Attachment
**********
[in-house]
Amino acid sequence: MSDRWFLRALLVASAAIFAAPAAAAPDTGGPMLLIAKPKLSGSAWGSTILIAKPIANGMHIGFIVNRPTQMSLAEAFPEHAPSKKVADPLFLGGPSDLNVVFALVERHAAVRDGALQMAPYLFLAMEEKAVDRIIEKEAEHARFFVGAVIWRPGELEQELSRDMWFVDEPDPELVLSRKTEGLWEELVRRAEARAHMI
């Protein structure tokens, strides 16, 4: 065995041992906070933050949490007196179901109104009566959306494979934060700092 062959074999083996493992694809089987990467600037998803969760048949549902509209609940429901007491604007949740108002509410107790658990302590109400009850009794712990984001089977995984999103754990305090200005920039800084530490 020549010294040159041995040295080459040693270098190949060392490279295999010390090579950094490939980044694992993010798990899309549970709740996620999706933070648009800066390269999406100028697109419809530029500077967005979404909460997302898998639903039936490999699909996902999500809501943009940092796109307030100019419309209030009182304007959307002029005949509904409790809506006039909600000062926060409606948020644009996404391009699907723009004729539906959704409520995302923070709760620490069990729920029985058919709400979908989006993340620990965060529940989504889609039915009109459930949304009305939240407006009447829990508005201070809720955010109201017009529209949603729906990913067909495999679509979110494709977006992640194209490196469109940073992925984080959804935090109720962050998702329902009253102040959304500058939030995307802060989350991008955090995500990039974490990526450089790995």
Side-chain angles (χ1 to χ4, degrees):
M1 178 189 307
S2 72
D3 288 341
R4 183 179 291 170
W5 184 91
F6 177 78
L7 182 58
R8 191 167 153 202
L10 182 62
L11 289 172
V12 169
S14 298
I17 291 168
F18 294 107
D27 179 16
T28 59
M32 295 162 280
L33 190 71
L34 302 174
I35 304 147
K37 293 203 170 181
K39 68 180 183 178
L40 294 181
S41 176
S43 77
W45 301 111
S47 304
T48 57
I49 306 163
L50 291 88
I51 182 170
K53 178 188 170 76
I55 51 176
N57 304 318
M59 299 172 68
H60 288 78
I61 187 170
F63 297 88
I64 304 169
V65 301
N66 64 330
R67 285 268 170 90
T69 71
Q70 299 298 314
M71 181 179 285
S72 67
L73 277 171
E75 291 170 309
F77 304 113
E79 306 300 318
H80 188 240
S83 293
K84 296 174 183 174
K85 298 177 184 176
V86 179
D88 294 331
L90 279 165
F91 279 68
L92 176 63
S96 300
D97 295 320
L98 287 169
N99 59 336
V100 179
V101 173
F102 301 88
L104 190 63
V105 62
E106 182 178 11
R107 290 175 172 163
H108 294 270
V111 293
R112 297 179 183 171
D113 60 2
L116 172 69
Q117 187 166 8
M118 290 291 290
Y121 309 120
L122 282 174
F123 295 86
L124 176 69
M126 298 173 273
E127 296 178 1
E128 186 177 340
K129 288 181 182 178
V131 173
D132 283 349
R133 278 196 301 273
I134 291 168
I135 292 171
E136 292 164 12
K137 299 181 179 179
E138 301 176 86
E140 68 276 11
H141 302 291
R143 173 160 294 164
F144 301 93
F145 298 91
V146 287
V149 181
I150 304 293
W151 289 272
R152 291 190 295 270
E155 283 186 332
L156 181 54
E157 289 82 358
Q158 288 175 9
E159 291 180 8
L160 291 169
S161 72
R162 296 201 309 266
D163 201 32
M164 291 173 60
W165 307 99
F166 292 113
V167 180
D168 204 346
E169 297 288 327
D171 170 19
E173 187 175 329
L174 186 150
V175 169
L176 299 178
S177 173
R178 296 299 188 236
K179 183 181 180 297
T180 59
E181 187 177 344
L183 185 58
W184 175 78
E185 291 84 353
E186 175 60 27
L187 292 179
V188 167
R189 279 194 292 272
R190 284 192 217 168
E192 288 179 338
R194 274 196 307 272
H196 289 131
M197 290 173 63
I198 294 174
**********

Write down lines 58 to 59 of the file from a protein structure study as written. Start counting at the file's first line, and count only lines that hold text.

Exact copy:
K85 298 177 184 176
V86 179